This is the part 2 of the summary. If you haven’t finished part 1, I encourage you do so here.
Organizing: Separable, Single-Threaded Leadership
In its early days, Amazon instituted the famous two-pizza-team rule, meaning every internal team should be small enough that it can be fed with two pizzas. They agreed at the outset that a smaller team would work better than a larger one, until they came to realize the biggest predictor of a team’s success was not whether it was small but whether it had a leader with the appropriate skills, authority, and experience to manage a team whose sole focus was to get the job done.
Now free of its initial size limits, the two-pizza team clearly needed a new name. Nothing catchy came to mind, so Amazon leaned into its geekdom and chose the computer science term “single-threaded” meaning you only work on one thing at a time. Thus, “single-threaded leaders” and “separable, single-threaded teams” were born.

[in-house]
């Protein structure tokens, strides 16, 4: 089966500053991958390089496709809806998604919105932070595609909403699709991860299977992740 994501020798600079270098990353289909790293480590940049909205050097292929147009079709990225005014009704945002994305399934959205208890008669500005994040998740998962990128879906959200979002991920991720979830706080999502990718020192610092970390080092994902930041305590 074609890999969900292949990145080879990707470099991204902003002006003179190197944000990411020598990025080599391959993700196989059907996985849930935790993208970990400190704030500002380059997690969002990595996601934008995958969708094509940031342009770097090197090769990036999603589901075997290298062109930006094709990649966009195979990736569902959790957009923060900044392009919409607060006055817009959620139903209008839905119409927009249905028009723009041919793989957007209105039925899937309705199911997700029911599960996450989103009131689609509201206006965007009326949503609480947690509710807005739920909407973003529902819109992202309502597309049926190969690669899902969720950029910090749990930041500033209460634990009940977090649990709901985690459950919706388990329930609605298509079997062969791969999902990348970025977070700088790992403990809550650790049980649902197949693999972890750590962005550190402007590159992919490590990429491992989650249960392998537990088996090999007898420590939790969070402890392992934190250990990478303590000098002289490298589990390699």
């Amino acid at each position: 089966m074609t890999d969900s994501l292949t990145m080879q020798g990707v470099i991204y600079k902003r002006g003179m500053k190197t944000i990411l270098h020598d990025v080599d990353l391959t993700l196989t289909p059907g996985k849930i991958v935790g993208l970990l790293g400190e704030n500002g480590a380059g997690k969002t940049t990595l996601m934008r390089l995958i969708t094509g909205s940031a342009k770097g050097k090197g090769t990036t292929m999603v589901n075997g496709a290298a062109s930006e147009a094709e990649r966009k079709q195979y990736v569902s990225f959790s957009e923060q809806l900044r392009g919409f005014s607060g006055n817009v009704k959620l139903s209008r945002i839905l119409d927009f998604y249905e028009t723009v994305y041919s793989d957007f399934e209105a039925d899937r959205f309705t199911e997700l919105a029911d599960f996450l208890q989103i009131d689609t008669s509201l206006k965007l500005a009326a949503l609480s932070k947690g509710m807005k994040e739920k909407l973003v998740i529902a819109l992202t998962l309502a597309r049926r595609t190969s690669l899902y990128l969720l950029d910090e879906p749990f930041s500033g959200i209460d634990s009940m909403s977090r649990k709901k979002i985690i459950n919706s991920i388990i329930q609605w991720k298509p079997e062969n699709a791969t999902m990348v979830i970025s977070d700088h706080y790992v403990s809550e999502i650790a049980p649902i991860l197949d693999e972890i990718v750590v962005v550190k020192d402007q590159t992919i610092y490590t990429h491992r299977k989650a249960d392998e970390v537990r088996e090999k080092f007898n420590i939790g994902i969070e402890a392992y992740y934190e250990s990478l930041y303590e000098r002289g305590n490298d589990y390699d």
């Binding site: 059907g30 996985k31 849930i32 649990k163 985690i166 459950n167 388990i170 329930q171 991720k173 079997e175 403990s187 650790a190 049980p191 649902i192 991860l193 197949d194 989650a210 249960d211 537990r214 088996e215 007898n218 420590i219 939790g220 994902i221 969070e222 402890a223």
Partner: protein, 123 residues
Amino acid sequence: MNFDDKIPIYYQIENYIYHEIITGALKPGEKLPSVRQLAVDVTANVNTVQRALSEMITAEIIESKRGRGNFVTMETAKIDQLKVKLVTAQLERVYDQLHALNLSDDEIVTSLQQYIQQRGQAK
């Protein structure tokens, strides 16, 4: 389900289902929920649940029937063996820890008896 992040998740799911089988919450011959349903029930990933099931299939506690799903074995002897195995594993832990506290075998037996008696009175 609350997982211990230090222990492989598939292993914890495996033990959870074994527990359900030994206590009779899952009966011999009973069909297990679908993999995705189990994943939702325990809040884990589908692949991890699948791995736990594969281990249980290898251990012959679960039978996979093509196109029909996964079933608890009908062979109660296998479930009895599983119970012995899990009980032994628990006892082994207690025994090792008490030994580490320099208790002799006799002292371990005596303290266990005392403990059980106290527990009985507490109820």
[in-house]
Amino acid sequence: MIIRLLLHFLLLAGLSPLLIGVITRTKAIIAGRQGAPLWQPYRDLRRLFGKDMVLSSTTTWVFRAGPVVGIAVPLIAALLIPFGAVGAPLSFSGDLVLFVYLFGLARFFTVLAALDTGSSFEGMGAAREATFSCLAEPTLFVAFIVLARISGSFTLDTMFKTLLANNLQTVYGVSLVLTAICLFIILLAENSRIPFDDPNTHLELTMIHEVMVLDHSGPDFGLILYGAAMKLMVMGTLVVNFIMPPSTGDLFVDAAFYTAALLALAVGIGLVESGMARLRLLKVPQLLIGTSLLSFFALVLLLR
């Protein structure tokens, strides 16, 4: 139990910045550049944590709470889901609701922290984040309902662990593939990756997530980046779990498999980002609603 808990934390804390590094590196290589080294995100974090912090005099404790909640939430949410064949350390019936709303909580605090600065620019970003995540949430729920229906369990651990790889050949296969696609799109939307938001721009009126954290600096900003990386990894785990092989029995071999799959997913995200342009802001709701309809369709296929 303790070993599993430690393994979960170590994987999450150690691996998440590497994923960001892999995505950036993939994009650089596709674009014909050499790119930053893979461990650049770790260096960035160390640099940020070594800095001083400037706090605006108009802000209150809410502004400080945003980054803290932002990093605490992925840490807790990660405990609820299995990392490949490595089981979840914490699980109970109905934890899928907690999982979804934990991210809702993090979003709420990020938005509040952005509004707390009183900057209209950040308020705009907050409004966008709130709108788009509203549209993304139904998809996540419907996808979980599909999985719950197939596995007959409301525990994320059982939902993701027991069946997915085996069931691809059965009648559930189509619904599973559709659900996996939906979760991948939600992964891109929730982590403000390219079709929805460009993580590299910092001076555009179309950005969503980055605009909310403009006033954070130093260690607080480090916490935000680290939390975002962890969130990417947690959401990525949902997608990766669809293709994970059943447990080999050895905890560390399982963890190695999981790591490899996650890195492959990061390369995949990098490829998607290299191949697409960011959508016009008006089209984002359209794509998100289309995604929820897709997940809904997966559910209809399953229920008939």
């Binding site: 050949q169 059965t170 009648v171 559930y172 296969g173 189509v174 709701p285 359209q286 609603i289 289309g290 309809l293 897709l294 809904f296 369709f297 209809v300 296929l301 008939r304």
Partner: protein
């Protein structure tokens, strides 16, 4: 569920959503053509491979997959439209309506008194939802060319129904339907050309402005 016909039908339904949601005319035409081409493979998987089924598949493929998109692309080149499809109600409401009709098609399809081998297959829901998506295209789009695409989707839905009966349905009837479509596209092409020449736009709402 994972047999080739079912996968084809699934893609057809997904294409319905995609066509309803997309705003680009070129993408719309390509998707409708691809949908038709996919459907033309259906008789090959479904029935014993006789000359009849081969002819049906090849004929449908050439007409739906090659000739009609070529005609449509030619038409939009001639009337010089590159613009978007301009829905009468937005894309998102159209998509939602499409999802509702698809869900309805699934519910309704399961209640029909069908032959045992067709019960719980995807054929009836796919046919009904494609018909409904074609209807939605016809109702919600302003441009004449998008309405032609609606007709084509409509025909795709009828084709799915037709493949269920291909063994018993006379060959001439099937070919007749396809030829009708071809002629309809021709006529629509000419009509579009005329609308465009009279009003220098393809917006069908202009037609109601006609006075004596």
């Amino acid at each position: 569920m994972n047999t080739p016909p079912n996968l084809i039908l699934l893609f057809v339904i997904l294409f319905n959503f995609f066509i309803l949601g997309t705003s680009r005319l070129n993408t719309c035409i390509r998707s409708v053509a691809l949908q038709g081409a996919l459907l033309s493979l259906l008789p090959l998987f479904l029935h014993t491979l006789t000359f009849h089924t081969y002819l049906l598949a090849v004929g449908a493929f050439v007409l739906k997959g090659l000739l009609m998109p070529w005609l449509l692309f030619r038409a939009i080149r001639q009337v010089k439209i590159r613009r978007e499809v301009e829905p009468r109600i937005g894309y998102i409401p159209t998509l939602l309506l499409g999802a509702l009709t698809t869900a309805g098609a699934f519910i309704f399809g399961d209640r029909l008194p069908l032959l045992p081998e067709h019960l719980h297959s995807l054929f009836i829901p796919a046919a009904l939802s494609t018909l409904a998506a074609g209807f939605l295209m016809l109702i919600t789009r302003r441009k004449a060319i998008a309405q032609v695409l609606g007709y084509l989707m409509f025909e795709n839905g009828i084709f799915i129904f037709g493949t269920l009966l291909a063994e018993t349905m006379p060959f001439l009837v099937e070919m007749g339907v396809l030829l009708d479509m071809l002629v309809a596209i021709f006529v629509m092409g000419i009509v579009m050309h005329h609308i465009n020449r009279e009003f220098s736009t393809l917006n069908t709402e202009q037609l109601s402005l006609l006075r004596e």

STL model is a separable, single-threaded team being run by a single-threaded leader. Separable means almost as separable organizationally as APIs are for software. Single-threaded means they don’t work on anything else.
A single-threaded leader can head up a small team, but they can also lead the development of something as large as Amazon Echo or Digital Music. For example, with Amazon Echo and Alexa, were it not for the fact that Amazon VP Greg Hart was assigned to be the single-threaded leader, there might have been one person in charge of hardware and another in charge of software for all of Amazon’s devices—but no one whose job it was to create and launch Amazon Echo and Alexa as a whole. On the contrary, a single-threaded leader of Amazon Echo and Alexa had the freedom and autonomy to assess the novel product problems that needed to be solved, decide what and how many teams they needed, how the responsibilities should be divided up among the teams, and how big each team should be.
Working Backwards: Start with the Desired Customer Experience
Start with the customer and work backwards—harder than it sounds, but a clear path to innovating and delighting customers. A useful Working Backwards tool is writing the press release and FAQ before you build the product.